Rotational and radial velocities have been measured for about 2000evolved stars of luminosity classes IV, III, II and Ib covering thespectral region F, G and K. The survey was carried out with the CORAVELspectrometer. The precision for the radial velocities is better than0.30 km s-1, whereas for the rotational velocity measurementsthe uncertainties are typically 1.0 km s-1 for subgiants andgiants and 2.0 km s-1 for class II giants and Ib supergiants.These data will add constraints to studies of the rotational behaviourof evolved stars as well as solid informations concerning the presenceof external rotational brakes, tidal interactions in evolved binarysystems and on the link between rotation, chemical abundance and stellaractivity. In this paper we present the rotational velocity v sin i andthe mean radial velocity for the stars of luminosity classes IV, III andII. Based on observations collected at the Haute--Provence Observatory,Saint--Michel, France and at the European Southern Observatory, LaSilla, Chile. Table \ref{tab5} also available in electronic form at CDSvia anonymous ftp to cdsarc.u-strasbg.fr ( or viahttp://cdsweb.u-strasbg.fr/Abstract.html

The ROSAT all-sky survey catalogue of optically bright late-type giants and supergiants
We present X-ray data for all late-type (A, F, G, K, M) giants andsupergiants (luminosity classes I to III-IV) listed in the Bright StarCatalogue that have been detected in the ROSAT all-sky survey.Altogether, our catalogue contains 450 entries of X-ray emitting evolvedlate-type stars, which corresponds to an average detection rate of about11.7 percent. The selection of the sample stars, the data analysis, thecriteria for an accepted match between star and X-ray source, and thedetermination of X-ray fluxes are described. Catalogue only available atCDS via anonymous ftp to cdsarc.u-strasbg.fr ( or viahttp://cdsweb.u-strasbg.fr/Abstract.html

An All-Sky Catalog of Faint Extreme Ultraviolet Sources
We present a list of 534 objects detected jointly in the ExtremeUltraviolet Explorer (EUVE) 100 Angstroms all-sky survey and in theROSAT X-Ray Telescope 0.25 keV band. The joint selection criterionpermits use of a low count rate threshold in each survey. This lowthreshold is roughly 60% of the threshold used in the previous EUVEall-sky surveys, and 166 of the objects listed here are new EUV sources,appearing in neither the Second EUVE Source Catalog nor the ROSAT WideField Camera Second Catalog. The spatial distribution of this all-skycatalog shows three features: an enhanced concentration of objects inUrsa Major, where the Galactic integrated H I column reaches its globalminimum; an enhanced concentration in the third quadrant of the Galaxy(lII from 180 deg to 270 deg) including the Canis Major tunnel, whereparticularly low H I columns are found to distances beyond 200 pc; and aparticularly low number of faint objects in the direction of the fourthquadrant of the Galaxy, where nearby intervening H I columns areappreciable. Of particular interest is the composition of the 166detections not previously reported in any EUV catalog. We offerpreliminary identifications for 105 of these sources. By far the mostnumerous (81) of the identifications are late-type stars (F, G, K, M),while 18 are other stellar types, only five are white dwarfs (WDs), andnone are extragalactic. The paucity of WDs and extragalactic objects maybe explained by a strong horizon effect wherein interstellar absorptionstrongly limits the effective new-source search volume and, thereby,selectively favors low-luminosity nearby sources over more luminous butdistant objects.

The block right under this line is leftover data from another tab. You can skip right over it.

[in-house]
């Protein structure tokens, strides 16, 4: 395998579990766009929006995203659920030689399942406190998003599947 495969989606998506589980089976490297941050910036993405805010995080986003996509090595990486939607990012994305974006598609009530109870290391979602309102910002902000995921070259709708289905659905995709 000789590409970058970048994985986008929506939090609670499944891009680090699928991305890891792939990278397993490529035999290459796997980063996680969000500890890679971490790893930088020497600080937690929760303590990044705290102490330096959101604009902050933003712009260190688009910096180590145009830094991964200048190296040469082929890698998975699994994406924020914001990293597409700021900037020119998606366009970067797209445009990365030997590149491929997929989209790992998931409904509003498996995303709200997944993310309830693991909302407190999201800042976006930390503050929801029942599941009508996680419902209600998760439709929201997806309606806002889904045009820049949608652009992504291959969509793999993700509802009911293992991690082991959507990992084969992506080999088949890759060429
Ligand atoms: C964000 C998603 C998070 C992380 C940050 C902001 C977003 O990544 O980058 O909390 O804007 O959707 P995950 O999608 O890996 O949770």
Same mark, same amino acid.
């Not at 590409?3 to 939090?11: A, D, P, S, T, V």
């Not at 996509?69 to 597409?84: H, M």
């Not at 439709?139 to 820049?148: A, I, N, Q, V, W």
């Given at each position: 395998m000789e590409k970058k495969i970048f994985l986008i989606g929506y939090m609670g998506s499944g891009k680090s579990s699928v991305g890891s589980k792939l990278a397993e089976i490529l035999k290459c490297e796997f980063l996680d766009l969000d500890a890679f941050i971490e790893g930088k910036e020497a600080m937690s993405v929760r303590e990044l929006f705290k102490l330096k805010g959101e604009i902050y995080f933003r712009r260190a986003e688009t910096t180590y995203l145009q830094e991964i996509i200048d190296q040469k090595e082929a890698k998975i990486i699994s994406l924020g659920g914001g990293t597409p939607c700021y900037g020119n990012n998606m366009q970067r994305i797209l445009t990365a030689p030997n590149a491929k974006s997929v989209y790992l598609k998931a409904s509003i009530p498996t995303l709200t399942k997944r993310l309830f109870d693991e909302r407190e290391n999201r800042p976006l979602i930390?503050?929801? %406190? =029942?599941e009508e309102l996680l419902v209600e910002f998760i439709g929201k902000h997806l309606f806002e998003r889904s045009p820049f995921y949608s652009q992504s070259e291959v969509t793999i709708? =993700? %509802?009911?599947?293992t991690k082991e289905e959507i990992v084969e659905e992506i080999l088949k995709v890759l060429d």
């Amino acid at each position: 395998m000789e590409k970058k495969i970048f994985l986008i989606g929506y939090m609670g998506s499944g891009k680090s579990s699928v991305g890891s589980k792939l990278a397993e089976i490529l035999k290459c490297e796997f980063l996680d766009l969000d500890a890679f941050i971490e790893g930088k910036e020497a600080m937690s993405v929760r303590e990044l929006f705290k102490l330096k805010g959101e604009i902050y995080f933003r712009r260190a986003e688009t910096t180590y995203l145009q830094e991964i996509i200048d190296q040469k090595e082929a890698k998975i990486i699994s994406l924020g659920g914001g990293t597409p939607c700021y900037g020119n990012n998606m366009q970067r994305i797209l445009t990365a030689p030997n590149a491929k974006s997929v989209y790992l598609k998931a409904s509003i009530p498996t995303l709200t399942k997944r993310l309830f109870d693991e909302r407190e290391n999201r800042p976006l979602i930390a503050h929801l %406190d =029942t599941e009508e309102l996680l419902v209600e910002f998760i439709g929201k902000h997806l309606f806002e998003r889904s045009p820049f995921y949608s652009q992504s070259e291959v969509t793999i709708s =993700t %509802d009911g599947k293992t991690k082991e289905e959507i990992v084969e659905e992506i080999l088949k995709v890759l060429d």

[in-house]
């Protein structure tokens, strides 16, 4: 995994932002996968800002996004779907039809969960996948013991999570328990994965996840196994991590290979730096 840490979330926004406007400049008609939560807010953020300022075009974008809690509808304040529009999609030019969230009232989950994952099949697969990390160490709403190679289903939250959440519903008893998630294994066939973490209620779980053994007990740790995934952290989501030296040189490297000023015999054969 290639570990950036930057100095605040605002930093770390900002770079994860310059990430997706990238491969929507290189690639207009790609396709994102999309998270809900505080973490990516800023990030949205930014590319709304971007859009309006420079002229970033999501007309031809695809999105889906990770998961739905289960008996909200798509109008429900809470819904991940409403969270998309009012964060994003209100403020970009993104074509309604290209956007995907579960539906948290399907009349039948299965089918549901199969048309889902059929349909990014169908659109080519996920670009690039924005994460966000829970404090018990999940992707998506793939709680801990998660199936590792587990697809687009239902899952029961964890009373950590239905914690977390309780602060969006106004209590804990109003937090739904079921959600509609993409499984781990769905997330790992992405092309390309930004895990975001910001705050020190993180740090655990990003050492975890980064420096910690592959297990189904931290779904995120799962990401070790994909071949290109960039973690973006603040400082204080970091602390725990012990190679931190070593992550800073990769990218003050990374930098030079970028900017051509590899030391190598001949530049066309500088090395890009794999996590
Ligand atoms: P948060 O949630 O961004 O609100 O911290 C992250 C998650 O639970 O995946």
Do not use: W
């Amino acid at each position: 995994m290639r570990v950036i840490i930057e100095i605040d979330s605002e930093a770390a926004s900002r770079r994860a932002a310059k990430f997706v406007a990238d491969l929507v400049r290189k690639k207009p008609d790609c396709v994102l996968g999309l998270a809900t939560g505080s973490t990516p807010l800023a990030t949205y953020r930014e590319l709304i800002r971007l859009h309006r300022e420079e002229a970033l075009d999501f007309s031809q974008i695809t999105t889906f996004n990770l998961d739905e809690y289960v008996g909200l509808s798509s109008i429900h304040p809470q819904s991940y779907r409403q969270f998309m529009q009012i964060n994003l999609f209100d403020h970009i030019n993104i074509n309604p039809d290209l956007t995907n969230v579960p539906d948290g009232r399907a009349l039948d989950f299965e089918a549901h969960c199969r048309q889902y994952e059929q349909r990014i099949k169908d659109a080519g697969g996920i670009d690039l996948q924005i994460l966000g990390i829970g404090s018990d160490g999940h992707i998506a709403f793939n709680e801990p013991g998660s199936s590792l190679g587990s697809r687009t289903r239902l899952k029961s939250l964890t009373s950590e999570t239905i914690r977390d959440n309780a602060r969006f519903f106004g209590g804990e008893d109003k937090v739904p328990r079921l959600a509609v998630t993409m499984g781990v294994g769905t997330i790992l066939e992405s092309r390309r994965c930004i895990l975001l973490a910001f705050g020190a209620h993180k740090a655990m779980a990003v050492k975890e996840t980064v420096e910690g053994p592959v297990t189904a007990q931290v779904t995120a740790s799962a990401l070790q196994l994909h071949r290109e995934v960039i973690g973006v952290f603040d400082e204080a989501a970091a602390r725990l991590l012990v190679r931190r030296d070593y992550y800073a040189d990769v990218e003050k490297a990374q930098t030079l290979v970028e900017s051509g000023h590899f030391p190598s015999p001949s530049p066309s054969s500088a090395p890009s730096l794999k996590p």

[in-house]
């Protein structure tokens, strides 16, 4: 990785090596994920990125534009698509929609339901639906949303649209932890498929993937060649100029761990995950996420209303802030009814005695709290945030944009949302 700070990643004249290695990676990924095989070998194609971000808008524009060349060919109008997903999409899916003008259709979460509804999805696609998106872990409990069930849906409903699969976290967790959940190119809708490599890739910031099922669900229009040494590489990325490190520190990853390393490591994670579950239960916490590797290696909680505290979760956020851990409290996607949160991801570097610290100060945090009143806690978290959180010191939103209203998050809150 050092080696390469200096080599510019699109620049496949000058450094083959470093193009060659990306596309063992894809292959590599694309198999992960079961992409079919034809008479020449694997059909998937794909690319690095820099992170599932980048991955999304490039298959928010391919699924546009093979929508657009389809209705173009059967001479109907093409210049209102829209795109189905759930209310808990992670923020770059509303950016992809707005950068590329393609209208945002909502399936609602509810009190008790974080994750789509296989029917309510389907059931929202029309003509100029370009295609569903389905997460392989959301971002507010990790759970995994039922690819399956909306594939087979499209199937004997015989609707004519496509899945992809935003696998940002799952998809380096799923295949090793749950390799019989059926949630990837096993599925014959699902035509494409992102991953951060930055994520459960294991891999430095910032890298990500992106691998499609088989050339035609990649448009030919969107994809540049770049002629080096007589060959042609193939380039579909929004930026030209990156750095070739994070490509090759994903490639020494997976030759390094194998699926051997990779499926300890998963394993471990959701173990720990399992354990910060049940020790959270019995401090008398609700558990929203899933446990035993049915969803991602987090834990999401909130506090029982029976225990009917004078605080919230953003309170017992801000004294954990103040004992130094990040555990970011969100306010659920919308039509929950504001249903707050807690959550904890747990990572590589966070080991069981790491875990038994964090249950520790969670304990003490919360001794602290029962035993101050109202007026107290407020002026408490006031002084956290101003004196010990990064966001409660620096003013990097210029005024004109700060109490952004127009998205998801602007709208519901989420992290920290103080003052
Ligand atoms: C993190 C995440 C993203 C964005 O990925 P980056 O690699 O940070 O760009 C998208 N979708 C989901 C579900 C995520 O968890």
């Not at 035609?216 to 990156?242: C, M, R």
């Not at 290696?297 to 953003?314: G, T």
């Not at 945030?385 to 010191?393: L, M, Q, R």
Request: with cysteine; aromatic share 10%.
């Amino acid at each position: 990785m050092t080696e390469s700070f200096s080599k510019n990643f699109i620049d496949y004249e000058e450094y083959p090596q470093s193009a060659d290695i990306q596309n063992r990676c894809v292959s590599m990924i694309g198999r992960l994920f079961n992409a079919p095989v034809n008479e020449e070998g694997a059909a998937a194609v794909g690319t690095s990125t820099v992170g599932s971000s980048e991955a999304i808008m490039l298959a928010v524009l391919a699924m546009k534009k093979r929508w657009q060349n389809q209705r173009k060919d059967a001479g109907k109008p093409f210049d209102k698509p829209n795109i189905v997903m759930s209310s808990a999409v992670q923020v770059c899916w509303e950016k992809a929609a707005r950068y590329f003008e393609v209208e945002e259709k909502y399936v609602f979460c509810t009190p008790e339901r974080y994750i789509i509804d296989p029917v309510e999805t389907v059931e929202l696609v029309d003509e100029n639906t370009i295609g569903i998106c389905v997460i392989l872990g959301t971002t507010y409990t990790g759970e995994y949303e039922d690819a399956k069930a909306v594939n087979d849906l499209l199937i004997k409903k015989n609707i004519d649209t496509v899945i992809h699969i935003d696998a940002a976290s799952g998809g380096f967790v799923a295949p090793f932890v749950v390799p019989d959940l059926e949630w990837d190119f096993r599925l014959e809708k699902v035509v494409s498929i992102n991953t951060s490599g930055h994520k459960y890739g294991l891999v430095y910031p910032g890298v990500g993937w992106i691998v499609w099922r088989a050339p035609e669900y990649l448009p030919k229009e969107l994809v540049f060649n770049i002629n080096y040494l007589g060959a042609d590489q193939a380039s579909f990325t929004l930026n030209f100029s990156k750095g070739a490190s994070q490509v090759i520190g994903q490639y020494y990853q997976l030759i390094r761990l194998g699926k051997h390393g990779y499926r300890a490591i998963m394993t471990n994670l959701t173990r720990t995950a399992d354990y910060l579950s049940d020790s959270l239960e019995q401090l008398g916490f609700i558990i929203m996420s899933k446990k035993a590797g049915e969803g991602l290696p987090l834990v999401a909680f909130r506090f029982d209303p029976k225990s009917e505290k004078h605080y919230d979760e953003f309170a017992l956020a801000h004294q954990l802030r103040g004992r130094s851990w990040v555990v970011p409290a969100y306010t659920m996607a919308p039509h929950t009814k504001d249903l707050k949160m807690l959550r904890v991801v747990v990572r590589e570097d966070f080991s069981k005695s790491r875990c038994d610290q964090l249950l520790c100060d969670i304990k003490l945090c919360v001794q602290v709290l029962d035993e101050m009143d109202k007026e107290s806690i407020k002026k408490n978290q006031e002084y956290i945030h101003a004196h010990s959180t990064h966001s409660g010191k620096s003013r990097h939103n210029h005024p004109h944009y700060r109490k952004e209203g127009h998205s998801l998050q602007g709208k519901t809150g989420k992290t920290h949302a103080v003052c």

Vitesses radiales. Catalogue WEB: Wilson Evans Batten. Subtittle: Radial velocities: The Wilson-Evans-Batten catalogue.
We give a common version of the two catalogues of Mean Radial Velocitiesby Wilson (1963) and Evans (1978) to which we have added the catalogueof spectroscopic binary systems (Batten et al. 1989). For each star,when possible, we give: 1) an acronym to enter SIMBAD (Set ofIdentifications Measurements and Bibliography for Astronomical Data) ofthe CDS (Centre de Donnees Astronomiques de Strasbourg). 2) the numberHIC of the HIPPARCOS catalogue (Turon 1992). 3) the CCDM number(Catalogue des Composantes des etoiles Doubles et Multiples) byDommanget & Nys (1994). For the cluster stars, a precise study hasbeen done, on the identificator numbers. Numerous remarks point out theproblems we have had to deal with.

ROSAT all-sky survey observations of X-ray variability in cool giant stars
We have identified 24 active late-type giant stars, including 11 RS CVnsystems, with soft X-ray count rates high enough to allow the detectionof statistically significant variability on a Roentgen Satellite (ROSAT)orbital timescale (96 minutes) as observed by the Position SensitiveProportional Counter (PSPC) during the all-sky survey. Our sensitivitytypically lies in the range of 10% - 25%, depending on the source countrate. Comparison is made to the daily, nonflare solar soft X-rayvariability as observed by the Solrad satellites during solar minimum in1969 and solar maximum in 1975. Seven of the 24 stars show significantvariability; in two of these cases (HR 3922 and HR 8448) major flareswere observed in which the peak count rate is enhanced by at least afactor of 3 above quiescent. While HR 3922 (G5 III) is not (yet)classified as an RS CVn star, its flare is more energetic (3 x1031 ergs/s) than previously observed RS CVn flares. Theapparently single giant HR 8167 (G8 III) also shows two flares. Whileone might expect to find an anticorrelation between saturated coronaeand variability, we find no evidence of this: the two stars in oursample with the highest ratio of fx/fv both showvariability. We also point out that Capella (G6 III + F9 III) is one ofthe stars manifesting variability.